Over time, the tank can also fill up with natural sediment and minerals from your water source. These contaminants clump together at the bottom of the heater, reducing its efficiency and potentially shortening the service life of the system. To stop this from happening, the technician can drain the tank and flush out any collected sediment.
Tankless and Alternative Water Heaters
Heavy metal tank water heaters like the one seen here can hold about 40 to 60 gallons (151 to 227 liters) of water, and they heat the water constantly.
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Although tank style water heaters are still very popular, especially in the U.S., tankless water heaters are gaining in popularity. Where a tank-style water heater continuously heats the water to make it available when you need it, a tankless system creates hot water on demand. Tankless heaters sit idle most of the time, and are automatically switched on whenever hot water is needed.
These provide less gallons-per-minute of hot water than a typical heater, and can take a while to warm up. However, they also use nearly zero energy when hot water is not needed. By comparison, the traditional system will keep switching itself on to maintain the heat in its tank, even when no one is home.
Although this can mean big energy savings, a tankless system can initially cost up to three times as much as a standard water heater setup. Multiple water heaters will also likely be required to effectively provide hot water for multiple bathrooms and appliances. On the other hand, energy savings will go back into your pocket in the long run, and there are often incentives like tax rebates that go toward the installation of high-efficiency heaters.
Other types of efficient heaters are used in more niche applications, such as solar heating systems. These use a series of water-filled pipes installed along the roof of a building. These pipes collect the natural heat of the sun and then transfer the hot water into an insulated collection tank using pumps or gravity flow. In the process, the system uses very little energy, but it requires a warm, sunny climate and a lot of roof space.
There are drawbacks, as cold weather can cut off the whole hot water supply. It also takes a long time to replenish the storage tank if it is drained completely. Many solar water heaters will also include an electrical or gas heating method as a backup, which helps alleviate the disadvantages.
Geothermal water heaters work similarly to their solar counterparts, but instead use pipes buried underground. In areas of volcanic activity, geothermal heaters can take advantage of the reliable and practically infinite heat that radiates from the Earth's core.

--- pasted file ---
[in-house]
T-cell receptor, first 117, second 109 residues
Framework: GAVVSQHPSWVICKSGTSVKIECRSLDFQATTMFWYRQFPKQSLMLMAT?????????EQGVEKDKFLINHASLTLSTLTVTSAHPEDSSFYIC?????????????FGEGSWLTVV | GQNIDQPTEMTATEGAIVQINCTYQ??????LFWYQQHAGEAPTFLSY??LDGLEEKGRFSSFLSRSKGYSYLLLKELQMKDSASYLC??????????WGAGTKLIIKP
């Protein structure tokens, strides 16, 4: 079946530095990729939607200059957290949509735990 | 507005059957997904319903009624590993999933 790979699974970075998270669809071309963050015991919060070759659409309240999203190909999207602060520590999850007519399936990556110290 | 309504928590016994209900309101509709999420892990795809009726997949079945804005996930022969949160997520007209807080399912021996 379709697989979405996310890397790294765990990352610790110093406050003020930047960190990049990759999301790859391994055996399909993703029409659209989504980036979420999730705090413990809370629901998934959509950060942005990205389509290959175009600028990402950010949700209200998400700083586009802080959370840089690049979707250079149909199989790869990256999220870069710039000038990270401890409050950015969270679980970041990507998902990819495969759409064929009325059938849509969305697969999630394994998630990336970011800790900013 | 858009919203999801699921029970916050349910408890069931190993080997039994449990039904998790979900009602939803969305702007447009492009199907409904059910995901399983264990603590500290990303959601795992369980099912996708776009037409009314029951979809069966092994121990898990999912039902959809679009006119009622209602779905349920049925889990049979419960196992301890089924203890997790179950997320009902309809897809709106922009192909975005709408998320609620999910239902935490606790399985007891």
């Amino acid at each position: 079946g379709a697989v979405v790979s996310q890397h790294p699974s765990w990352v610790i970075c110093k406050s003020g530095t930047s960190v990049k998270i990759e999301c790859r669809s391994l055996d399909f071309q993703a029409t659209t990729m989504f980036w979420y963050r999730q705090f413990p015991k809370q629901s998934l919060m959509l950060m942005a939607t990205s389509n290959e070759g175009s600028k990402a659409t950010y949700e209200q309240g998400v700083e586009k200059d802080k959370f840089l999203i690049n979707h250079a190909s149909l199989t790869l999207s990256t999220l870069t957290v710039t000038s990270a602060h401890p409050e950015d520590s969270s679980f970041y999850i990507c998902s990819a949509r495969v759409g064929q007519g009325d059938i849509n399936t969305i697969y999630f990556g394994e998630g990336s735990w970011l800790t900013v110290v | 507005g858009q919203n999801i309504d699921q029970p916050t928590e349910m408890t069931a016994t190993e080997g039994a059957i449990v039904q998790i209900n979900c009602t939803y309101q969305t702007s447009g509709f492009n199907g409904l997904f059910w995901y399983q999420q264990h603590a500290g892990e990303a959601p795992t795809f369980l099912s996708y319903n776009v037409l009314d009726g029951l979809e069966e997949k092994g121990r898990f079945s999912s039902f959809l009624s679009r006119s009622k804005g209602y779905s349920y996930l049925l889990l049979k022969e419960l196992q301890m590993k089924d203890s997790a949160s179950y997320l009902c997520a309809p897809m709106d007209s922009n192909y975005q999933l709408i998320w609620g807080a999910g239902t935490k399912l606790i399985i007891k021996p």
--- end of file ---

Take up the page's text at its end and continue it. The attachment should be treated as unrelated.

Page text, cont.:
Water Heater FAQ
What is the downside of a tankless water heater?
A tankless water heater offers great energy savings. However, it can cost up to three times as much to initially buy compared to a standard water heater setup.
Is a tankless water heater worth it?
Although tankless water heaters cost a lot initially, they’re also extremely energy efficient, reducing your monthly energy bill.
Are electric water heaters good?
Electric water healthier are extremely popular in part because of their low upfront cost. However, they’ve got a fairly slow heating time and higher operating costs than a gas water heater
Can a homeowner install a water heater themselves? (Call your plumbers near me for more info)
Most ordinances or codes grant homeowners the authority to install their own water heater, provided they have an inspection done after.
Which is better: a regular water heater or a tankless water heater?
The market is moving more towards tankless water heaters due to their small size, energy savings, and long lifespan. While regular water heaters have a lifespan of about ten years, tankless versions can last more than
How to Diagnose a Water Heater Proble
How much do you know about water heaters?
When our water heater is working properly call plumbers near me at (Leosplumbing24seven), we use hot water for everything from showers to laundry, without a thought. But when it stops working, we have to detect the source of the problem and repair it. How do we diagnose a water heater problem?
If there's simply no hot water it could mean the pilot light's gone out. Check the pilot light. If it's out, you can relight it, by following the directions in your owner's manual. If you can't do this yourself, a gas company technician can do it for you
If you hear strange noises coming from the hot water heater you're probably hearing minerals or hard-water scale that's accumulated inside the tank and broken off. In this case you'll have to drain the tank and clean out the sediment [source: Vandervort]. You may want to call a professional for this job.
If you find water on the floor near the water heater call (plumbers near me), it means that water is seeping from the tank. The water could be coming from a loose valve or from a leaky pipe. If you don't see any leaky pipes, you can try tightening the valve. If this valve is loose, water might leak out of the heater. Otherwise, the leak might be caused by a faulty valve, an obstructed vent or a defective heating element [source: Vandervort].
If the water isn't hot enough get in touch with your friendly (plumber near me), the first thing to do is check the thermostat. If the thermostat is set correctly, try to remember when you last flushed out the tank. Mineral build up inside the tank can keep the water from heating up properly. If your tank doesn't need flushing, you might want to check the heater's dip tube. If the dip tube is broken, the water won't heat up properly. You can check the dip tube by removing the cold water supply line and taking the dip tube out of the tank. Plumbers near me at Leosplumbing24seven ready on call to take on your plumbing need.